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Alcohol abuse may be a sign of a medical condition called alcohol use disorder (AUD). It’s a chronic disease that affects your brain. About 16 million adults in the U.S. have it. Sometimes it’s because of genes passed down to you from your parents. Other times, your environment or psychological makeup are what put you at risk.

The signals that someone may have AUD include:

  • An uncontrollable urge to drink
  • Lack of control over how much you drink
  • Negative thoughts when you’re not drinking alcohol

There are mild, moderate, and severe forms of AUD. Which one you may have depended on your behaviours and patterns with alcohol. You’re more likely to have AUD if one or more of the following is true:

  • You can’t relax or fall asleep without drinking.
  • You need a drink in the morning to get going.
  • To be social, you have to drink.
  • Alcohol serves as your escape from feelings.
  • After drinking, you drive.
  • You mix alcohol and medications.
  • You drink when you’re pregnant or caring for small children.
  • When loved ones ask how much you drink, you don’t tell the truth.
  • You hurt people or become angry when you drink.
  • It’s tough for you to remember what you did when you were drinking.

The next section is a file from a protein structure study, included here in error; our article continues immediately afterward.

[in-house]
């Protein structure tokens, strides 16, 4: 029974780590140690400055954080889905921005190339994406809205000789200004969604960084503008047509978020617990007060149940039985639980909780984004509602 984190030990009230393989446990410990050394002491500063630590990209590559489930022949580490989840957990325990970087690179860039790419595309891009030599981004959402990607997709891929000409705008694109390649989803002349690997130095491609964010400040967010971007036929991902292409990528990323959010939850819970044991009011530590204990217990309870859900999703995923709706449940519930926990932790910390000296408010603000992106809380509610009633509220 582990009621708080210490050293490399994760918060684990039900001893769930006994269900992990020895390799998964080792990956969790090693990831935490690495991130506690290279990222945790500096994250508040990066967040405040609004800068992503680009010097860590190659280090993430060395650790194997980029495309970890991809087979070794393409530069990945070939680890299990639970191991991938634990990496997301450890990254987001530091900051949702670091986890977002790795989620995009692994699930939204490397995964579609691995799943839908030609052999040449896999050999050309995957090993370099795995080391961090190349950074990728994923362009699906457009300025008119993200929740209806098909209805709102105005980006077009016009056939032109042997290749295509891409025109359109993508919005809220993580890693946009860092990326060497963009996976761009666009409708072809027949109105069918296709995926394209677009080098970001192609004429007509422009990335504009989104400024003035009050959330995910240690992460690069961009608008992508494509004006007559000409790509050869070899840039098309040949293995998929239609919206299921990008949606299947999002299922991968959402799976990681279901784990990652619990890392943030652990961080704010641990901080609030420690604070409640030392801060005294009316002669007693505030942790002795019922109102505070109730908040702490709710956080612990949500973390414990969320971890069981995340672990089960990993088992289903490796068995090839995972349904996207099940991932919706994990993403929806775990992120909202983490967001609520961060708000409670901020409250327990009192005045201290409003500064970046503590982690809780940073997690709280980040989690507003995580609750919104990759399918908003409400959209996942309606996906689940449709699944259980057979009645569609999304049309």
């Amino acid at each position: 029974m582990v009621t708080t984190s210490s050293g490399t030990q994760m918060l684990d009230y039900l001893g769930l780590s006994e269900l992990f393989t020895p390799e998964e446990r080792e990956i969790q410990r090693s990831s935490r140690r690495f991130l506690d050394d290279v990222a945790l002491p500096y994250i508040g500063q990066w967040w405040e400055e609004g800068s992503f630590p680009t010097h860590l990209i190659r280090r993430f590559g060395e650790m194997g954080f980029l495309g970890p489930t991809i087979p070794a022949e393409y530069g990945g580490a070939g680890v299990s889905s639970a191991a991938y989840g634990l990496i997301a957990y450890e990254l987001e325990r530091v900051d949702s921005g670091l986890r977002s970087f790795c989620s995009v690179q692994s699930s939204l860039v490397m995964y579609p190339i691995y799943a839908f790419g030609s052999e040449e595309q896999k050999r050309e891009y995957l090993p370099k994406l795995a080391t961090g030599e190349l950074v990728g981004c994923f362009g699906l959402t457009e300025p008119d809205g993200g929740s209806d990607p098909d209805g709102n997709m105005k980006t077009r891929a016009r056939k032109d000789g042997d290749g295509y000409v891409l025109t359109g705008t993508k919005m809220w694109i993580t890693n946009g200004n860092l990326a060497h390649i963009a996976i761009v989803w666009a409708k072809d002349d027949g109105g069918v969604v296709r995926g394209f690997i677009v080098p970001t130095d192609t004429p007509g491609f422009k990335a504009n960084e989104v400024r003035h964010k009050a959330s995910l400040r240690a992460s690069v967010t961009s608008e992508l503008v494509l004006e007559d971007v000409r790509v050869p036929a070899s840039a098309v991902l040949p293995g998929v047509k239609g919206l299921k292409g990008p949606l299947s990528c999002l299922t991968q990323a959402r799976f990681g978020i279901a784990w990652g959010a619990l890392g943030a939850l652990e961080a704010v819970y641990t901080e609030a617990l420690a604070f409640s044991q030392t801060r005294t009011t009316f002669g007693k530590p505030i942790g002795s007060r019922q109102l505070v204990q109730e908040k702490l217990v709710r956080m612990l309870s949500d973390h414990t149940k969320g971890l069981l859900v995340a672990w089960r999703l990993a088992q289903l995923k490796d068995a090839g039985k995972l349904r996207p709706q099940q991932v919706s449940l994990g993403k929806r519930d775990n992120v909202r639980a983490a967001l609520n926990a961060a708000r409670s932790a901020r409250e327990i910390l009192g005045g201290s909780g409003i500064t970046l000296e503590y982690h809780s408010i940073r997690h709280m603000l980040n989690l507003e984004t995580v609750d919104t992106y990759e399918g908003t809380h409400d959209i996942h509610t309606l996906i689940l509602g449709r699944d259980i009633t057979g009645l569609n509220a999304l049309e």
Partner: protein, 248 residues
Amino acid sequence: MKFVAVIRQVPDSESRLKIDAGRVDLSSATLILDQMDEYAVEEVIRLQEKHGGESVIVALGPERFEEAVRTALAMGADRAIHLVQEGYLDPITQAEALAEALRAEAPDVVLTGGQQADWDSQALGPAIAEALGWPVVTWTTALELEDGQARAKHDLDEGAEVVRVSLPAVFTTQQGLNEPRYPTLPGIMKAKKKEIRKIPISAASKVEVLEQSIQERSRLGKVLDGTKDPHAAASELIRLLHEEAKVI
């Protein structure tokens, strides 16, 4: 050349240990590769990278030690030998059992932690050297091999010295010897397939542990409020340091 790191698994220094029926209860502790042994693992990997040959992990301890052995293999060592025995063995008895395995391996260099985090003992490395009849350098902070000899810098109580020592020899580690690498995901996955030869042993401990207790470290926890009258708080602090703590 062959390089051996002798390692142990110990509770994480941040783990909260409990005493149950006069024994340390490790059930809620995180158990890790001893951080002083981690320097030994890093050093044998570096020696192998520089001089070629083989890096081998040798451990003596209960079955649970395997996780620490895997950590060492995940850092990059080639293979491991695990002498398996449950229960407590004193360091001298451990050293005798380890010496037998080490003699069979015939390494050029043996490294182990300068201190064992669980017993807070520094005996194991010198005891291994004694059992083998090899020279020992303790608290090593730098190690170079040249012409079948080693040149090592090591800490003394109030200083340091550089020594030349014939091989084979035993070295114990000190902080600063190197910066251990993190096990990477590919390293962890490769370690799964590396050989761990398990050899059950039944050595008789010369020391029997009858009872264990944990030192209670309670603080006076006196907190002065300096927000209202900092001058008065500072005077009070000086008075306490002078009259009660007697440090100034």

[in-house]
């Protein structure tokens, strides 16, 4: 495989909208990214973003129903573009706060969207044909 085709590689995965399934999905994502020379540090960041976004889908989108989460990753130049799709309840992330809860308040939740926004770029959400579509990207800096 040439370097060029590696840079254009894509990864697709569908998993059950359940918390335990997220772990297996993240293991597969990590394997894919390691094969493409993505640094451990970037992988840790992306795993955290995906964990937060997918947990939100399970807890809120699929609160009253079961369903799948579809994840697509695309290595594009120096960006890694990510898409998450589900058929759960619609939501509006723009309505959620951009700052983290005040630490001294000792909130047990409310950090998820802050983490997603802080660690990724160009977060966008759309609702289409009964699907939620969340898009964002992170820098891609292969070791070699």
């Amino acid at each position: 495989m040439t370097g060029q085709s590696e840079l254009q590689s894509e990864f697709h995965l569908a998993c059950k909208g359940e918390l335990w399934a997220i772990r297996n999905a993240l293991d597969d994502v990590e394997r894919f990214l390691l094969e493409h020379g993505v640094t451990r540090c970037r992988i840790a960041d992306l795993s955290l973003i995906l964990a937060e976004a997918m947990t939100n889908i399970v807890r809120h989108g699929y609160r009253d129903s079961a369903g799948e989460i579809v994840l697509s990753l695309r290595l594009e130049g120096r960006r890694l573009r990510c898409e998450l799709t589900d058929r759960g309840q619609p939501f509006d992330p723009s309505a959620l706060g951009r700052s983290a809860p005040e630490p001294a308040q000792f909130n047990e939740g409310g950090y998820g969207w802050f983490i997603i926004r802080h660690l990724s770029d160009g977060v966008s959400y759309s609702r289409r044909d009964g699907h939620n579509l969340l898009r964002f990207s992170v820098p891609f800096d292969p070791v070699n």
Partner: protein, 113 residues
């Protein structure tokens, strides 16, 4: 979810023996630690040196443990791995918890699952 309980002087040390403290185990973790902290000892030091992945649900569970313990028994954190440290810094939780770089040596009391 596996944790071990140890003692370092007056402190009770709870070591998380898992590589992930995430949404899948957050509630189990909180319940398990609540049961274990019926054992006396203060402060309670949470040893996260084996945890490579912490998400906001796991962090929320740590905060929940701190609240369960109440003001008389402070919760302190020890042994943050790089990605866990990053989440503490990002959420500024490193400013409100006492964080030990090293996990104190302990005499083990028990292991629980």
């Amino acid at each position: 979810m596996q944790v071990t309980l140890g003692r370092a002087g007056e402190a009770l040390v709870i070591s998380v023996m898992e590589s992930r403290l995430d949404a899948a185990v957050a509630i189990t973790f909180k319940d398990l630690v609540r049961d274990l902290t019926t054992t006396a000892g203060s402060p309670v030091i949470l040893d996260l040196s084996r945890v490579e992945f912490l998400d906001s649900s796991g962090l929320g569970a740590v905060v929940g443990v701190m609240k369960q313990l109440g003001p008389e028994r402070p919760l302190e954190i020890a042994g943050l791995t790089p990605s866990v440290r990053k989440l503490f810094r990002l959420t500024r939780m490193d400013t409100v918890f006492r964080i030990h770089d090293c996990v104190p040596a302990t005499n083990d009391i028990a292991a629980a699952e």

• Your responsibilities suffer because of your drinking.
  • Drinking has caused you legal problems.
  • You tried to stop drinking but failed.
  • You can’t stop thinking about drinking.
  • To feel the effects of alcohol, you have to drink more and more.
  • You have withdrawal symptoms after you drink, like shakiness, nausea, trouble sleeping, or seizures.

The more of these that describe you, the more severe your AUD is likely to be.

Effects of Alcohol

Even if your case is mild, it can have a serious impact on your physical and mental health. Often, AUD causes other problems that you try to avoid by drinking. That creates a negative cycle.

In the short-term, AUD can cause:

  • Memory loss
  • Hangovers
  • Blackouts

Long-term effects include:

  • Stomach problems
  • Heart problems
  • Cancer
  • Brain damage
  • Permanent memory loss
  • Pancreatitis
  • High blood pressure
  • Cirrhosis, a disease that causes scarring on your liver, leading to a buildup of waste and toxins in your blood

You’re also more likely to take dangerous risks. That raises your chances of being injured or dying from:

  • Car accidents
  • Homicide
  • Suicide
  • Drowning

AUD affects those around you, too. Your behaviour may damage relationships with loved ones because of anger problems, violence, neglect, and abuse. Women who are pregnant and abuse alcohol risk having a miscarriage and fetal alcohol syndrome. Their baby also has a higher chance of dying from SIDS after birth.